We are a consumptive society and we thrive on the idea of having stuff. Things. Personal belongings. Possessions. This has long been a large part of what makes us what we are. Religions teach us to be cautious about it. People have told numerous stories and made many movies about it. George Carlin even cracked jokes about it.
For some it’s a status thing, others an attachment thing. Actually, regardless of one’s reasoning for owning things, it’s all inevitably an attachment thing if you strip one’s reasoning to its fundamental, bare-backed concept.
Regardless, a lot of people’s lives are overcomplicated by having too much stuff.
We want for things. Stuff, ideas, other people, certain feelings.
I feel like my stuff is running me out of house and home. I have a dresser full of art supplies, desks covered in post-it notes scrawled full of ideas, drawers, tables, a tv. Underneath my bed you can see nothing but stacks of portfolio envelopes full of artwork from both college and high school. Oh, and shoes. Because owning more than 8 pairs of shoes is one of the many keys to leading a happy and fulfilling life, right? Musical instruments that collect dust, jewelry making equipment that produces a lot of dust, books, pictures…
I like to sit down with my thoughts often. Conjure ideas and silly theorems. I can also overanalyze certain life situations, pine for things that are not plausible at times. I worry about people who don’t want help, I sometimes worry about my own trying circumstances. I try to hold on to transient moments for too long sometimes.
It clutters the mind to be perpetually surrounded by stuff…
“The origin of suffering is attachment to transient things and the ignorance thereof.”
One of The Four Noble Truths.
All things, good and bad, come to an end, and when good things that we have attached ourselves to cease to be, suffering commences. Most things will inevitably end or disappear, causing us misery in the long run. We have to let go of this junk. Eliminate the stuff. Eliminate the need to suffer.
I’d like to think that I’m a relatively simple person. I know that’s probably not true, but I’m working on it. I don’t really want for too much physical, tangible crap. I don’t find myself wasting money on superfluous shit like tattoos, clothes, alcohol, overpriced cups of coffee… Yeah, my art supplies are slowly overtaking my living space, but I suppose it could be worse. But the intangibles. The intangibles get me sometimes.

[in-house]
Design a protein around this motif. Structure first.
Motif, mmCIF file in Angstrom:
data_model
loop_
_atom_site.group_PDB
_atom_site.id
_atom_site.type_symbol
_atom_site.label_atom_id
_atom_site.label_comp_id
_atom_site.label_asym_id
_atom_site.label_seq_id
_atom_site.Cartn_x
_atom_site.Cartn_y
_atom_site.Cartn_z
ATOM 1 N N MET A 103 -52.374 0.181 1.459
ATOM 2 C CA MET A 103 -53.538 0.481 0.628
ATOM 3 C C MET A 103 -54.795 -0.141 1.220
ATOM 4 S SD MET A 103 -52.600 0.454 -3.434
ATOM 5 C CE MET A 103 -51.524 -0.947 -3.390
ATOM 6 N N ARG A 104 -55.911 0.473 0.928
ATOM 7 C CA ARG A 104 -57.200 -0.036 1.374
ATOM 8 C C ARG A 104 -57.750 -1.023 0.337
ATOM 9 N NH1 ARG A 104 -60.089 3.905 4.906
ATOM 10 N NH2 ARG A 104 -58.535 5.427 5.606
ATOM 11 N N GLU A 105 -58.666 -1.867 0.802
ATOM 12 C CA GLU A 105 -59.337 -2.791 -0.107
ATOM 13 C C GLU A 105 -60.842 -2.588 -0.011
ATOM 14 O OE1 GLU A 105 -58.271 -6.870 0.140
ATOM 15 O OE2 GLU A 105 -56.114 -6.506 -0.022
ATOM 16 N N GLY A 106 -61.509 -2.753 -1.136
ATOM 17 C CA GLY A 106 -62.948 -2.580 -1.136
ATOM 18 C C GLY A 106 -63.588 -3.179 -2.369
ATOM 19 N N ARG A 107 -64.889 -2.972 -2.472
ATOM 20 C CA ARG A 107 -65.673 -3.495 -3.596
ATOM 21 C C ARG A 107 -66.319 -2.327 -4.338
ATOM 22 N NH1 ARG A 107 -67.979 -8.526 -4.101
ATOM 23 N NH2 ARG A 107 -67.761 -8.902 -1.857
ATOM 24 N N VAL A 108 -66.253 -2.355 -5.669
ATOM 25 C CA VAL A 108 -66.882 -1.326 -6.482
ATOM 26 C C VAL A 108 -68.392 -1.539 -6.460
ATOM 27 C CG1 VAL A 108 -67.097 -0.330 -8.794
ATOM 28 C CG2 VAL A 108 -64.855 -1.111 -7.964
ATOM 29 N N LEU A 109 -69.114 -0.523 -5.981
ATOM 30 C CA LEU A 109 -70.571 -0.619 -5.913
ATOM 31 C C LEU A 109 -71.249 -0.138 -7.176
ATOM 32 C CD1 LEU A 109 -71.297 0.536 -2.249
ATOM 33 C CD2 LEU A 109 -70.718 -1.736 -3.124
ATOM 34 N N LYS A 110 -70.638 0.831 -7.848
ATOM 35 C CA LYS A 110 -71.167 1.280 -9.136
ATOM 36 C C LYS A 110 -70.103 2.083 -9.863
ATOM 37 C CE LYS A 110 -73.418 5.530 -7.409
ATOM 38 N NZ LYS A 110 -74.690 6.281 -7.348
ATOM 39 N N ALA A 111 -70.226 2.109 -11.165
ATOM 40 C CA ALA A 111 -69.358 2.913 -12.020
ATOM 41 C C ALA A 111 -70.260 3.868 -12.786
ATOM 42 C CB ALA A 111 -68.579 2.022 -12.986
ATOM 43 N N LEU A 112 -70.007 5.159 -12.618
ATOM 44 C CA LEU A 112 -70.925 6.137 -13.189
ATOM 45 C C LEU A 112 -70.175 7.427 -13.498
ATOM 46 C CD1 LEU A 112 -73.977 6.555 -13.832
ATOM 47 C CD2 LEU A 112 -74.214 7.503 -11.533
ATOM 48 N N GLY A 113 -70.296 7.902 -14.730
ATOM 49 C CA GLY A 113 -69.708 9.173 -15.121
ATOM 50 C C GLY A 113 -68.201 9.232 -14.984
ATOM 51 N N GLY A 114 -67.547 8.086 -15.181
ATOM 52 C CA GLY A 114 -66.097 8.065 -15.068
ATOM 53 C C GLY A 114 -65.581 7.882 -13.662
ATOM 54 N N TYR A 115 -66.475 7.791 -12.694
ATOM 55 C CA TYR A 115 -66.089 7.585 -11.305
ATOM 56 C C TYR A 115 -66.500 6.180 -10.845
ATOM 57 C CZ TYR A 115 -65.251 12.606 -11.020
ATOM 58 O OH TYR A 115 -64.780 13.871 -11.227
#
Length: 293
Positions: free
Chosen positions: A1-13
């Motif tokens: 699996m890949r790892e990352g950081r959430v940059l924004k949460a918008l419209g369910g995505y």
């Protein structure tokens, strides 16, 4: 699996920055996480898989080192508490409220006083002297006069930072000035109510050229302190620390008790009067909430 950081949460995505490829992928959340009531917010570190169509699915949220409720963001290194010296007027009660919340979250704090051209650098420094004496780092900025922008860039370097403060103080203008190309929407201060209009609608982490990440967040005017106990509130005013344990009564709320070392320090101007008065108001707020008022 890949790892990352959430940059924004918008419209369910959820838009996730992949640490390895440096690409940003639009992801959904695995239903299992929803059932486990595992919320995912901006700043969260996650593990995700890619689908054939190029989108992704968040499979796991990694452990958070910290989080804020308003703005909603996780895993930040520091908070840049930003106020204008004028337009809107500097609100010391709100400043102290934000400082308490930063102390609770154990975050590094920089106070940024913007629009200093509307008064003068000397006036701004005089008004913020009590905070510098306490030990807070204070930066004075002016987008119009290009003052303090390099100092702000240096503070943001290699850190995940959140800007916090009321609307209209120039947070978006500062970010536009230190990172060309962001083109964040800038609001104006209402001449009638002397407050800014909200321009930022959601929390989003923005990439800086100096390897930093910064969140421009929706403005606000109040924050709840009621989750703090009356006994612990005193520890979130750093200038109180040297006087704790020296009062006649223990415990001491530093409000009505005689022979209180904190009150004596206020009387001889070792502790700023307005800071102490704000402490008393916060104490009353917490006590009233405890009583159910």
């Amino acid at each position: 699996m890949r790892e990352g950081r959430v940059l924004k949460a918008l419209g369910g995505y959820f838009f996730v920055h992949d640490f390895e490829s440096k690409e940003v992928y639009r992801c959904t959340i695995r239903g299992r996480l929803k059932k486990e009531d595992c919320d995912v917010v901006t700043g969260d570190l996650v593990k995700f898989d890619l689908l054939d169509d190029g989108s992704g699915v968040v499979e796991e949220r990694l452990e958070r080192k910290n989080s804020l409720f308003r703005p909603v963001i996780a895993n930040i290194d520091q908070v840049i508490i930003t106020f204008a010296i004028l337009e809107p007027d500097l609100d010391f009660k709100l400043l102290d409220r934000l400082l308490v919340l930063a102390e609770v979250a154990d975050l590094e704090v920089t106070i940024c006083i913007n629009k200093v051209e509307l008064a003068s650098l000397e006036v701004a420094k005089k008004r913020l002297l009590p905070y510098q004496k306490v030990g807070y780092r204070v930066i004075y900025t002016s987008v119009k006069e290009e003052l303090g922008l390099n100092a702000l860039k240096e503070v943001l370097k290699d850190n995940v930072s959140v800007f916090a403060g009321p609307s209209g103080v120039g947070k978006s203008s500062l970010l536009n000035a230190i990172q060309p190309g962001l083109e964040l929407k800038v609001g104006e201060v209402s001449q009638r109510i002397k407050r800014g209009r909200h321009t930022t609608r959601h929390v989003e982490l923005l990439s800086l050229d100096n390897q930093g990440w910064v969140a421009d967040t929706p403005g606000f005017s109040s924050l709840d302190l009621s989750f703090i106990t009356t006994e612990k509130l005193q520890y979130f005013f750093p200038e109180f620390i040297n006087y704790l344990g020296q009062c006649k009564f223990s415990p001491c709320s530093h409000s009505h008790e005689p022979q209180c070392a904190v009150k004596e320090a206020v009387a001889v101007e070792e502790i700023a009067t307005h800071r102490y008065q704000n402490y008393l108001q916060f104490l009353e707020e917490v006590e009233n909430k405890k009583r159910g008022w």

Last night, rather than working late into the night on my jewelry designs until my hands were too tired to function I sat around. I worked until maybe 8 and called it quits to read for a bit and wait around for stuff. Did my 11o'clock yoga bit, and went to bed before midnight.I found myself doing something that I never do. I was waiting rather than acting, rather than creating.
Why do we want for things?
For a sense of belonging.
For a sense of fulfillment.
Sometimes things give us a sense of purpose.
Why are people unable to feel fulfilled without pretty clothes, fancy cars, money, mounds of comic books, boyfriends, expensive televisions with surround sound, exclusive titles (president, C.E.O., blah blah…), blah blah? Is it so much to ask that we cast some of these things aside and try to find happiness inside of ourselves? It’s there. Somewhere. We all have talents and strengths. So why do we spend so much time focusing on shit we don’t have to make ourselves better? Improve upon the things already instilled within you. Show me what ya workin’ with. You can paint. You can write. You can make things with your hands. You have a natural inclination to help people. You’re exceptionally intelligent. You have a knack for algorithmic equations. You understand biological processes. You understand how to compose music.
Stop worrying about how so-and-so still hasn’t called back, or how you can’t wait to get your hands on the iPhone 17, or the fact that your car isn’t nearly as lavish as so-and-so’s car.
Paint. Write books. Sculpt. Cook. Volunteer. Become a teacher. Improve technology. Become a doctor. Compose symphonies. Utilize your talents to spread joy inside of yourself, through your fingertips and pores and inevitably into other people around you.
Stop wasting time, effort, energy on shit you don’t necessarily need in order to function.